6. My credit score dropped 70 points because a card was canceled by Capitol One for no activity. Never used it. is there some recourse or remedy to reset my score to the level it was before the cancellation?

  7. MY score dropped 70-90 points out of nowhere I haven’t had anything change in spending or accounts closing what should I do ! PLEASE HELP!

    1. It’s hard to say what happened here Greg. What service are you using to monitor your credit scores? What messages are they giving you for the reasons your scores are where they are?

  8. Hi, my husbands credit drop 35 points and we are freaking out, we bought a car on January and he got sone inquiries and of course the balance of the car but I checked the score after the purchase and it was only like 7 points down. We are doing all the payments on time and have nothing different, is this normal after a big purchase? Please I will really appreciate your help.

    1. It’s not unusual for a credit score to drop when you take out a new loan. But if the loan appeared on your credit reports in February and you’re seeing a change in July then I wouldn’t necessarily think that would be the reason (though it’s possible). Are you checking your credit report and score each month through the same service each month?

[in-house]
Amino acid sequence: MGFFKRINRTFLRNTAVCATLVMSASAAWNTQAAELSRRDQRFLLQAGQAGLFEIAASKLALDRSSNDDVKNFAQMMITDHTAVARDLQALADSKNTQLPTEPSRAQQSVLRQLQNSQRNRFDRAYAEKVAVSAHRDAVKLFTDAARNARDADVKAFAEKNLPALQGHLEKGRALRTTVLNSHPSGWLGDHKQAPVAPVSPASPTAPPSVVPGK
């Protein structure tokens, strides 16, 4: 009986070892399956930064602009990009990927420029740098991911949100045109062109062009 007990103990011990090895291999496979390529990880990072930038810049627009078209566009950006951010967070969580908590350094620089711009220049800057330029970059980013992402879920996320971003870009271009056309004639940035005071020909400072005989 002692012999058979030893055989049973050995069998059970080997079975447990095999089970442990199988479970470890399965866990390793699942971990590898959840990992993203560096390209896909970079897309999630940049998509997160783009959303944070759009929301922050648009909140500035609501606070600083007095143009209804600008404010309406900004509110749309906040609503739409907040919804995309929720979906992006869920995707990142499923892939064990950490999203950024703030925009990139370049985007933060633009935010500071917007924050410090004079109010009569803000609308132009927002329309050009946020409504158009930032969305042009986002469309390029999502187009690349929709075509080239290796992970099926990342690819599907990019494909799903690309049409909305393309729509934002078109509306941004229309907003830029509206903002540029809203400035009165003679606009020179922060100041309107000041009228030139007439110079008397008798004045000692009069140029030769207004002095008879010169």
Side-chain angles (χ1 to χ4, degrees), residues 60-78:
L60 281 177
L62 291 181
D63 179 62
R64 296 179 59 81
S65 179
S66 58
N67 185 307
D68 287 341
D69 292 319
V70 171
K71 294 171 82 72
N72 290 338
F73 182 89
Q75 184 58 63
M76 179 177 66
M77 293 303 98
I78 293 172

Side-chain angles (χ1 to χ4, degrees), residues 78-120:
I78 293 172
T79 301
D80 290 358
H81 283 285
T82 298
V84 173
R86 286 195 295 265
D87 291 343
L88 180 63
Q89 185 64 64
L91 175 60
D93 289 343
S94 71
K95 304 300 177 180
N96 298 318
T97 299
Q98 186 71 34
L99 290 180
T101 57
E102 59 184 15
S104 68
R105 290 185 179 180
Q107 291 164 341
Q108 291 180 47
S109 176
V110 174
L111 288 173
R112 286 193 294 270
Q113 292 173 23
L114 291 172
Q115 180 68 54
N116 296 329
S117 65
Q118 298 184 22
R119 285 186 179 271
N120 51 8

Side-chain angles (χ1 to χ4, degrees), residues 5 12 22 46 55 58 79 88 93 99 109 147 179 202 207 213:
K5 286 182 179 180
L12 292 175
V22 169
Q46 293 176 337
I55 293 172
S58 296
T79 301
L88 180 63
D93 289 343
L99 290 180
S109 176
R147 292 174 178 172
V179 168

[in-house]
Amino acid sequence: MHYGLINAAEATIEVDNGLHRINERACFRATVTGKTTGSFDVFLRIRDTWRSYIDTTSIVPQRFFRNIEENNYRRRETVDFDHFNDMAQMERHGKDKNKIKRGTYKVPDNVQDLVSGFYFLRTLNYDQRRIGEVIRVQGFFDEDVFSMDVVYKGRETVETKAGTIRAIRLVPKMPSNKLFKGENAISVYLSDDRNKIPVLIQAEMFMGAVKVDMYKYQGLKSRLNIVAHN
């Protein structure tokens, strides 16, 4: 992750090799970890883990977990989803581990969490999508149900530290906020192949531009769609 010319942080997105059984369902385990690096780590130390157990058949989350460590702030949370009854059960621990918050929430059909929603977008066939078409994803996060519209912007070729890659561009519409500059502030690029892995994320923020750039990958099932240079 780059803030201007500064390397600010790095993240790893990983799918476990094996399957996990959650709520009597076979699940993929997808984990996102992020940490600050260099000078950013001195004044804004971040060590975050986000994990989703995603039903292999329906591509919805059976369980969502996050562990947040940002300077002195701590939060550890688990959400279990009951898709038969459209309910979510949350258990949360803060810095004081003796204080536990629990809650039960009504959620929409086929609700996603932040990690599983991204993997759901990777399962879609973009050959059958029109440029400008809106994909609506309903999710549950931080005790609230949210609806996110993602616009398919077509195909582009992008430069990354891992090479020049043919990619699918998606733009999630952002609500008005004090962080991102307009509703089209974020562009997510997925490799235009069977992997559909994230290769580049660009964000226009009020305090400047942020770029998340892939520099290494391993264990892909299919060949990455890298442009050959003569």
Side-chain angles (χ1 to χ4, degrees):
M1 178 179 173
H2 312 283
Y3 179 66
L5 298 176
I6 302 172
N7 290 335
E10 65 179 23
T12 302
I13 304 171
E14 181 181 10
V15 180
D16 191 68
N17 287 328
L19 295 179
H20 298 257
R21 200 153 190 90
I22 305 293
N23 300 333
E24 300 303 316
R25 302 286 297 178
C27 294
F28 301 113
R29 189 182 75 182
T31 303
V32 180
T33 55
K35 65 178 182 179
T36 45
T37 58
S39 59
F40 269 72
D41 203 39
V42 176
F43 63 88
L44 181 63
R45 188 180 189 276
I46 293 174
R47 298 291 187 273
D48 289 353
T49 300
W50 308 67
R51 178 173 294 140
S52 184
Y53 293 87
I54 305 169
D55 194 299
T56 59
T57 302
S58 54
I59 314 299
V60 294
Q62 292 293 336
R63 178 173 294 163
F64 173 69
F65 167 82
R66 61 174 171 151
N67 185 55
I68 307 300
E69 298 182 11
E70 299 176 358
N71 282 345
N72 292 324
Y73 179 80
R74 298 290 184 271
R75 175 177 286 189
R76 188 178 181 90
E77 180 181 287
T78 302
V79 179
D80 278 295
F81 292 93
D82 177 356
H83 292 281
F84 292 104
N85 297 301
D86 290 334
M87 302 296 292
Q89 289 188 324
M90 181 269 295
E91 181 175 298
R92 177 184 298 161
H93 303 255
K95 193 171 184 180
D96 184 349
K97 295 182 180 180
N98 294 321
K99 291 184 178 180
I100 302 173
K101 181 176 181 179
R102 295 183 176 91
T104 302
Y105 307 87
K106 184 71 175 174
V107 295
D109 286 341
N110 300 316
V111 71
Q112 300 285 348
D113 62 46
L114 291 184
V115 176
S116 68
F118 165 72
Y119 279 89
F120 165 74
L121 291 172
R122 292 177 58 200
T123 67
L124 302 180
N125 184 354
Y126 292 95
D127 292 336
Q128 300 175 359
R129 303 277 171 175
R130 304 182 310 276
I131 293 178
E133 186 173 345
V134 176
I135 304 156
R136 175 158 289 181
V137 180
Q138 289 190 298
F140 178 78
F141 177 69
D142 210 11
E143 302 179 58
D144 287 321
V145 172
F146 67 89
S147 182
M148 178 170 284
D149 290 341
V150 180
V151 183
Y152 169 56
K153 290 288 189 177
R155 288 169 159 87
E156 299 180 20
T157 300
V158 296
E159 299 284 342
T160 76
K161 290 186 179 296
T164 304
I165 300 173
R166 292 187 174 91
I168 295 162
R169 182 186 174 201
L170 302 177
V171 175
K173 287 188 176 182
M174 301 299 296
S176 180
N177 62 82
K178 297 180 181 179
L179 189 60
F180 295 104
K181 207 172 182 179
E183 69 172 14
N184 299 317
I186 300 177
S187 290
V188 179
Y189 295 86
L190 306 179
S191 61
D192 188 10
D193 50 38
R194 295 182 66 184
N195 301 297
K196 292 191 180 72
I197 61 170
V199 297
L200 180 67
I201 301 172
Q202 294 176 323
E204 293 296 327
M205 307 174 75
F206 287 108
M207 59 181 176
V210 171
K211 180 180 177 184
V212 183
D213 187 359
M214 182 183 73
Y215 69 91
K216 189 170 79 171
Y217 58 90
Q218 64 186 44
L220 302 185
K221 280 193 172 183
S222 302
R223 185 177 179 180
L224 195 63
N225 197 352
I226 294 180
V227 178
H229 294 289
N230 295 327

9. Hi,
    Me credit score dropped 41 points. From 700 plus to 696 points! I do not see the reason why this would do it. My balance actually decreased since i’m paying it off. On time payments. Looking at all the changes in my credit report, it should have gone up. I checked my official transunion report too. Nothing in there told me as to why my credit score went low